How about a massive digital heritage project where all participants are welcome and the ideas are yet to come?  In contrast to the many EU and NSF digital heritage projects where the end deliverables are explicitly stated, the  {cod1ng da v1nc1} project— a joint undertaking of the Open Knowledge Foundation, the Deutsche Digitale Bibliothek, Wikimedia Deutschland, and Digis– have thrown open 15 data sets from cultural institutions and 2 APIs (an API or “application programming interface” is what allows developers interact with online data or software) to develop innovative cultural heritage applications.

Coding davinci

Four challenges have been offered up for the most creative solutions that any willing participant wants to tackle:

Mash it!  applications that create new insights by combining different cultural data sets.

Move it! applications that allow more inclusive public participation through things like augmented reality, user experience, and social media

Discover it!  applications that provide playful learning experiences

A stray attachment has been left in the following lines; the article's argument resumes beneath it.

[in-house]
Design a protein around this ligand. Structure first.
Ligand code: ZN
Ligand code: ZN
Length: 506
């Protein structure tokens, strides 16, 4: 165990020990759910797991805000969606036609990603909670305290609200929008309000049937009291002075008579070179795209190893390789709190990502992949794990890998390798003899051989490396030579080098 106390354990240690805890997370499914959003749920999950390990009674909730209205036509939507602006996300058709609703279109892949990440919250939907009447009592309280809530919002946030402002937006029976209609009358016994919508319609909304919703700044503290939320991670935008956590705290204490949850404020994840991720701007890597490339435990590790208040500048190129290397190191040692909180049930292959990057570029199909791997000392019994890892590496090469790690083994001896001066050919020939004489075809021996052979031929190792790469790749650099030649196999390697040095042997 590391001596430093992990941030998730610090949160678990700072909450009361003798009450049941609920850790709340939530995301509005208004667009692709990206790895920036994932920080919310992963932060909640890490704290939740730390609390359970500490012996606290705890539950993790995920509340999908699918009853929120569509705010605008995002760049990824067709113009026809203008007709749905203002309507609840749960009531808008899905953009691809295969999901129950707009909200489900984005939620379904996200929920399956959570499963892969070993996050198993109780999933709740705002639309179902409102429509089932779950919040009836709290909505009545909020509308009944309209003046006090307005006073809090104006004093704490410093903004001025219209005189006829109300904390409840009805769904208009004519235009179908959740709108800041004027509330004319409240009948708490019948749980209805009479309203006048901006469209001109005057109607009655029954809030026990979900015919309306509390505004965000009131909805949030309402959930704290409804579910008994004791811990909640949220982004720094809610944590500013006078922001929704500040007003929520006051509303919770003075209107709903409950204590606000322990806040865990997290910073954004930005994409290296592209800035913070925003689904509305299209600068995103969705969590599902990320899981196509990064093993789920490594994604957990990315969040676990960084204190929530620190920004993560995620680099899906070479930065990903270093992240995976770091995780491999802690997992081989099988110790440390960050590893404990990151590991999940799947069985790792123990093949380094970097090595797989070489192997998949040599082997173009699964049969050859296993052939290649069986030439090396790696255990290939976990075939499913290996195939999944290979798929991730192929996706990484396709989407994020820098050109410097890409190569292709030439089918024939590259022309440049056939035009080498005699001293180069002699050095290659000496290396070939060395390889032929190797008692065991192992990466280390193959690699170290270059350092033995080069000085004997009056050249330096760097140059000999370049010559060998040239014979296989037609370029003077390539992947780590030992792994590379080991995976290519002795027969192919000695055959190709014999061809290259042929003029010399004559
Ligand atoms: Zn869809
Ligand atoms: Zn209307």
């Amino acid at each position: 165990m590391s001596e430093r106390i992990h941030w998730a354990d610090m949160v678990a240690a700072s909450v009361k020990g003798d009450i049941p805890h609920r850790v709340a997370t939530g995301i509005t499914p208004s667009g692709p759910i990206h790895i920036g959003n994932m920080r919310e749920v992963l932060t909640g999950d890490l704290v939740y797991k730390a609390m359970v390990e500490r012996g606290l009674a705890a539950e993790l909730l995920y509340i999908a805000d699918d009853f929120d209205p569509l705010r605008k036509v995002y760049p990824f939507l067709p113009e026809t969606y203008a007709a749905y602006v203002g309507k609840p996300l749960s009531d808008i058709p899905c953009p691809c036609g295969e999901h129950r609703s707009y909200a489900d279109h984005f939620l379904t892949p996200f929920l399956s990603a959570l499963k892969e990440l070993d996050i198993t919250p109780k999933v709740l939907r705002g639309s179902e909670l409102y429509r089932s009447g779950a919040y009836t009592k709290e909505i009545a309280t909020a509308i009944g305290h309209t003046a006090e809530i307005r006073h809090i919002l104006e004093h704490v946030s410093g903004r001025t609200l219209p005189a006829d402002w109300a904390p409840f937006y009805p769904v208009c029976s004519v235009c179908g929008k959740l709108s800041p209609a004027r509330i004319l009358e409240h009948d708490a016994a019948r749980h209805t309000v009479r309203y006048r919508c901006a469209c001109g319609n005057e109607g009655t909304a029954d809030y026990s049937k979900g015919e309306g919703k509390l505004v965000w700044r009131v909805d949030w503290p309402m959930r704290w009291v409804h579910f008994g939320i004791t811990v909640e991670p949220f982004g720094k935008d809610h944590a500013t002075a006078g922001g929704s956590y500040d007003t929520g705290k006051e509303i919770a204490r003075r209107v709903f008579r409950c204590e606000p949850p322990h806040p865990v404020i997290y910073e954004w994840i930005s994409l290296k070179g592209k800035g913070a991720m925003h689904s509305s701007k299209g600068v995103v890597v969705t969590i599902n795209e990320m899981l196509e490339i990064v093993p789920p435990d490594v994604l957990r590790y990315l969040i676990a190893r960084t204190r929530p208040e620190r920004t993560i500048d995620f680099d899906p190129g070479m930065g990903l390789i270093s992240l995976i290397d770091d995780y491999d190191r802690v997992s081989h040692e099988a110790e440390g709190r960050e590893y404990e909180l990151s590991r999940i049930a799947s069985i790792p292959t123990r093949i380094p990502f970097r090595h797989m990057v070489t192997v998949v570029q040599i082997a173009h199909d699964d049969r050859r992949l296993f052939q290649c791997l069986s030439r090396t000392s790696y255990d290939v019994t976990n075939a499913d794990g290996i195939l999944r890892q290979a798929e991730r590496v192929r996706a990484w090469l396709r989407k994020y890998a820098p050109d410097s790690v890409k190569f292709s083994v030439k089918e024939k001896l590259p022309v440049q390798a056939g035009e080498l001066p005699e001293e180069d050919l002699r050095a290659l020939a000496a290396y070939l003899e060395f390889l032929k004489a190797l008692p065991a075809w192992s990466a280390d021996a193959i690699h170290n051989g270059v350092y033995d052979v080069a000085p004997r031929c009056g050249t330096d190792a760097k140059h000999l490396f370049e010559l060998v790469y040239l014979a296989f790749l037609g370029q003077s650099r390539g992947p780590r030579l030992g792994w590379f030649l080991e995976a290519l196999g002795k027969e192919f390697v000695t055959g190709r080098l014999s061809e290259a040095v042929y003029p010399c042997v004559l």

Improve it!  applications that improve the usefulness of digital data by cultural institutions of all kinds

Goals like these have been aimed at many times before, but never in such a free form way.  The four challenges are the centerpieces of a 10-week hackathon in which programmers, computer geeks, and cultural data engineers from all over Germany are invited to try their hand at changing the way digital heritage is used.

Project concepts have already begun to flow in.  Once the idea is posted and collaborators recruited, it will be a mad dash of brainstorming, programming, and testing until the finished projects are unveiled in July.  Hackathons are already well known in the world of information technology; Google, Yahoo, and even government agencies have held hackathons to harvest public creativity and gain innovative solutions to particular challenges.  Thousands of proposals have been posted and hundreds of professional and avocational programmers have taken part.